You can buy the card at a number of resorts, currently the list includes:

View over Zermatt
Incidentally, regarding Rega, they waive the costs of the rescue missions of members (annual fee: CHF 30), providing that these costs are not covered by a health or accident insurance. That is one good reason to sign up, but additionally they are a non-profit foundation who provide emergency medical assistance by air according to medical necessity and, as they put it: “to rescue, not to pass judgement on right or wrong, guilt or innocence”.

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Where is the Cheapest Place to Ski?

The Crystal Ski Industry Report 2014, produced together with Post Office Holidays in the UK, has assessed a number of ski resorts popular with UK package tour travelers. They have worked out average costs in resort for a package consisting of lift pass, rental and ski school and also for an average lunch. As a result they have come up with their idea of where the cheapest place to ski is. I don’t claim to be surprised with the outcome. I have applied an index to the figures based on an average of 100 to come up with relative prices. Essentially you can read it this way: you can get almost three days in Bansko for the price of one in Zermatt. Since Zermatt is much more likely to give you good snow conditions, has better scenery, apres ski and food, is easier to get to and has five times as much piste you could actually argue Baski is over-priced, but I have had some great ski holidays in Bulgaria and I wouldn’t knock it. However I think the independent traveller, with or without a family, doesn’t need to go to Eastern Europe to find value for money.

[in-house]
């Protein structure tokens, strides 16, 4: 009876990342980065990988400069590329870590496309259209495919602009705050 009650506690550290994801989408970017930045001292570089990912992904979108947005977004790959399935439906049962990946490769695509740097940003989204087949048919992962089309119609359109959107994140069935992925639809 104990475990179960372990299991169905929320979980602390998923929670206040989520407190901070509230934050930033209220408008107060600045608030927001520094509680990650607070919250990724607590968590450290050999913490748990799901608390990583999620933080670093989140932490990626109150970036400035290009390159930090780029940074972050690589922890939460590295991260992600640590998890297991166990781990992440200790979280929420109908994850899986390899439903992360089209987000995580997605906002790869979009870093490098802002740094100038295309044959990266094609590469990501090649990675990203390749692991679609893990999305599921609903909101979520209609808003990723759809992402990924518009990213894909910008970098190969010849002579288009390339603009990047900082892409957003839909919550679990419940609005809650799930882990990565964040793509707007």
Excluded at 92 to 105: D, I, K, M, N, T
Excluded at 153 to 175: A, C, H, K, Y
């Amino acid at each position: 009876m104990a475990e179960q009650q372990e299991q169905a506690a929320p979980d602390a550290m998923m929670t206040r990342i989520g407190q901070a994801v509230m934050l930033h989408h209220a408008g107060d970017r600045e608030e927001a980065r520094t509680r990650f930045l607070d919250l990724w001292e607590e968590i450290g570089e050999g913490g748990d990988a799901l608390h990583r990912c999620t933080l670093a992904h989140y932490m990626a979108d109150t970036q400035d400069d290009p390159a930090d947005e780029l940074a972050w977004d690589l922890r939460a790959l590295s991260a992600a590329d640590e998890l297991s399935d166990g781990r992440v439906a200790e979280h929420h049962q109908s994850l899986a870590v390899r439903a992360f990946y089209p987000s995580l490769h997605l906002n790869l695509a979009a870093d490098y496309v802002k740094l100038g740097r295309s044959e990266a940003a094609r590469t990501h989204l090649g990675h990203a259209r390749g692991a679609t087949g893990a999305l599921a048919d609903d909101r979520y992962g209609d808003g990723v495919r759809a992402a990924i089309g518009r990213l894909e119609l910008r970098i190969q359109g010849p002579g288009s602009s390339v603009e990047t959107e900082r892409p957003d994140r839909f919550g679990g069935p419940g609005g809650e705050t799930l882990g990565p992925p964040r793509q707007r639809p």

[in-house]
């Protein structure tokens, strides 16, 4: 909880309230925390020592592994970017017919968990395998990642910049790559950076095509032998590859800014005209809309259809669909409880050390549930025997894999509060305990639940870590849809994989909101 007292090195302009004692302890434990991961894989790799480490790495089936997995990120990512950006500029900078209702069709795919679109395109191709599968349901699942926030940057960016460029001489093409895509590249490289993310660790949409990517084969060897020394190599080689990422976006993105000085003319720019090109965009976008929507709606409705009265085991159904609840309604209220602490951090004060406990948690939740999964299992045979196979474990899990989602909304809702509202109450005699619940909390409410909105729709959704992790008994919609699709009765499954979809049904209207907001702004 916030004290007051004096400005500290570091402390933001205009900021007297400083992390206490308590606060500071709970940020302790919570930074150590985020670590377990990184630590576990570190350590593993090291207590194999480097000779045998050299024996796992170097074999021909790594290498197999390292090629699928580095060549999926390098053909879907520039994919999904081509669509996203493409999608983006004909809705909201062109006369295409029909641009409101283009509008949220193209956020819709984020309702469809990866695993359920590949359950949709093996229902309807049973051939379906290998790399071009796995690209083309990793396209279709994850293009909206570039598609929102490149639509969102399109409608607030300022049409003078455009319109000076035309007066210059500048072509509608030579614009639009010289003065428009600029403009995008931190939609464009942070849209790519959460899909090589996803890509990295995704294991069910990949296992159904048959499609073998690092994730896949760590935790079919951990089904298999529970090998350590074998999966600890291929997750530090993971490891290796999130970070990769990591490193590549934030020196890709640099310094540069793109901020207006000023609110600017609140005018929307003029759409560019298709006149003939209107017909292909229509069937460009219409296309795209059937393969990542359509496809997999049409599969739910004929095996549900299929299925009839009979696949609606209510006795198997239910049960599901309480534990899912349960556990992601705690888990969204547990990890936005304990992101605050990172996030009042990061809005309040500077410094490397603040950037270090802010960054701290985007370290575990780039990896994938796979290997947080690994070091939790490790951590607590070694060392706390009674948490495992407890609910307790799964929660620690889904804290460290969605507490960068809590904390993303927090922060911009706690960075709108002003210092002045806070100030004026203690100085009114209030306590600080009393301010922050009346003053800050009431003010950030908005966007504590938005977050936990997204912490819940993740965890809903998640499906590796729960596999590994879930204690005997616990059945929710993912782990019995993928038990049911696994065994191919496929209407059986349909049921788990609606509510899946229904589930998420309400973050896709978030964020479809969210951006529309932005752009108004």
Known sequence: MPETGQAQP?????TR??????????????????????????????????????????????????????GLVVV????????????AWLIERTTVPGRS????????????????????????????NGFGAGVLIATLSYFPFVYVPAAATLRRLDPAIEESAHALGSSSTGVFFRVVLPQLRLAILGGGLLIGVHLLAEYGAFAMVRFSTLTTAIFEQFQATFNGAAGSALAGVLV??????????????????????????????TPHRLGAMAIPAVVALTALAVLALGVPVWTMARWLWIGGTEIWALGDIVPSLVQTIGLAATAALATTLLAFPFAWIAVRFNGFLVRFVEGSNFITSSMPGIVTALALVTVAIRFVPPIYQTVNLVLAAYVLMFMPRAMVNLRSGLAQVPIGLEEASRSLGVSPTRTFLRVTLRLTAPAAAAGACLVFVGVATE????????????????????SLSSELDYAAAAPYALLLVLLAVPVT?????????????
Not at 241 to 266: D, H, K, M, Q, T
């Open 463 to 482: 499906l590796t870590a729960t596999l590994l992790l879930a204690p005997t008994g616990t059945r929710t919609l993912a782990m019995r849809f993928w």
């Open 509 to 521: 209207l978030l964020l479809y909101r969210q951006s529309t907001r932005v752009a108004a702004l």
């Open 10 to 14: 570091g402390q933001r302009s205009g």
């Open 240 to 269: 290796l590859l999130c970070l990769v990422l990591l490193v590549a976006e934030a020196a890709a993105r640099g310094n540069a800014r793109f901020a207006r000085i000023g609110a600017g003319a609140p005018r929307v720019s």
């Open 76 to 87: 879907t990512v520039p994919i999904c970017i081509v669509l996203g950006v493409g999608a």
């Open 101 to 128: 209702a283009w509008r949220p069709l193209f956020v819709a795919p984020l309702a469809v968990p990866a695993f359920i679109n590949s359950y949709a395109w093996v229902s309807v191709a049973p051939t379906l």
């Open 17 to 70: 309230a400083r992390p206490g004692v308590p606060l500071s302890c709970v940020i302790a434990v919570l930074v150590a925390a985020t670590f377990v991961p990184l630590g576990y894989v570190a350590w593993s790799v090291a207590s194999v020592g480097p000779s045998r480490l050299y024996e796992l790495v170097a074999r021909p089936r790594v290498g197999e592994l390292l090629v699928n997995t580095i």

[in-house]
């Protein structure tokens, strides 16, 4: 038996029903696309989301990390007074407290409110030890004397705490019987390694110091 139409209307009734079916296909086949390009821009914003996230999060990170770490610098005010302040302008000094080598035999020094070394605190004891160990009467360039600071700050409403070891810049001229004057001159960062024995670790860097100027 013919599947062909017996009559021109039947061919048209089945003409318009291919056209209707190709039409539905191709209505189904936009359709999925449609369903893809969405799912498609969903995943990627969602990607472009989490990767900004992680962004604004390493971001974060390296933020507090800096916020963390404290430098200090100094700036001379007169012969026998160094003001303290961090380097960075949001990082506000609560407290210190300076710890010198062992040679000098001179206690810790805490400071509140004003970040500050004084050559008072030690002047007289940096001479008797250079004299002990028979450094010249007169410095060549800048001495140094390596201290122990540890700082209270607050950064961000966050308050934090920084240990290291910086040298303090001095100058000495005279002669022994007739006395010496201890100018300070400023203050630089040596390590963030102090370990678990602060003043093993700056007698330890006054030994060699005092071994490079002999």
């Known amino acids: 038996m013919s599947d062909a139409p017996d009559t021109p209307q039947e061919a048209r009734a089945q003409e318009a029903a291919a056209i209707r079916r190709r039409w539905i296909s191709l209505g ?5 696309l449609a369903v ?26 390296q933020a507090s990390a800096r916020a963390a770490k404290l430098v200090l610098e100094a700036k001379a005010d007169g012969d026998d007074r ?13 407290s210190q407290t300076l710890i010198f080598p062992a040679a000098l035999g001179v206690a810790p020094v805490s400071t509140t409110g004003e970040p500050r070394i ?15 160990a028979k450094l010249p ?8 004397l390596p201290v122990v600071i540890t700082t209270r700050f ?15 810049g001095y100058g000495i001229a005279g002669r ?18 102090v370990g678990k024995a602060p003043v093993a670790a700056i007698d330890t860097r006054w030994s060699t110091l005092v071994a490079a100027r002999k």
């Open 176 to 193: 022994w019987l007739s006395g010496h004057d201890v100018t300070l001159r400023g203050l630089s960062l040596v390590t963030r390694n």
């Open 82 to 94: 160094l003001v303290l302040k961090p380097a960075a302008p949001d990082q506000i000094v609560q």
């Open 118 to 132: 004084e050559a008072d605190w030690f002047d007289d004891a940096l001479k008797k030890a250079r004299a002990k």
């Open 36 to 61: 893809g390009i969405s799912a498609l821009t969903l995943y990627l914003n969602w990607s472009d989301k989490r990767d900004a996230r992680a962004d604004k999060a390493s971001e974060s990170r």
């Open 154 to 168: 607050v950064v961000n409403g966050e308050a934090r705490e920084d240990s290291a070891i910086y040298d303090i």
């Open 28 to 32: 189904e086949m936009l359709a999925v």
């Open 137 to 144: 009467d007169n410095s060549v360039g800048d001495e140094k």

The top American resorts seem over-priced compared to the best European resorts, and add to that the cost, time and ecological impact of getting there from Europe, it seems wise to leave them to the natives. Again, I have had some great skiing in North America, but I lived there at the time and it was on my doorstep.
Matterhorn in Zermatt
So the eternal debate is, where is the best value resort to ski or snowboard in the Alps? Italy does well, and can only be faulted on the longer transit times required to get there. For a great ski experience on a tight budget, it is probably the best value. My personal favourite in Italy – if you are watching the pennies but want a great experience – is Madesimo. The best of Austria and France seem comparably priced, with a small price premium associated with Switzerland down to the strong Swiss Franc.

The report actually showed Switzerland gaining market share in 2013/4 over 2012/3, with 6.5% of the market – largely at the expense of France. The report claims prices are going down, but that is surely down to the strong pound since all prices are converted to sterling. Overall the report doesn’t change my perspective, which is that you get what you pay for. The ski and snowboard market is very competitive and the biggest mistake you can make is not about how much you pay, but that what you pay delivers what you want. I would never recommend Zermatt to a family of beginners, but for a competent skier I would recommend you put it on the list of places you visit before you die.

Anyway, on that sobering note, here are the indicies:

 

Resort Country Index
Bansko Bulgaria 54
Kranjska Gora Slovenia 62
Ellmau Austria 64
Livigno Italy 66
Soldeu Andorra 68
Sestriere Italy 73
Morzine France 75
Ruka Finland 78
Val Gardena Italy 84
Les Deux Alpes France 87
Mayrhofen Austria 87
Serre Chevalier France 87
la Thuile Italy 89
Kaprun Austria 89
Courchevel France 104
Val d’Isere France 104
Kitzbühel Austria 111
St Anton Austria 116
Tremblant Canada 117
Saas-Fee Switzerland 118
Wengen Switzerland 122
Winter Park USA 125
Banff Canada 136
Breckenridge USA 141
Zermatt Switzerland 142
Whistler Canada 146
Vail USA 155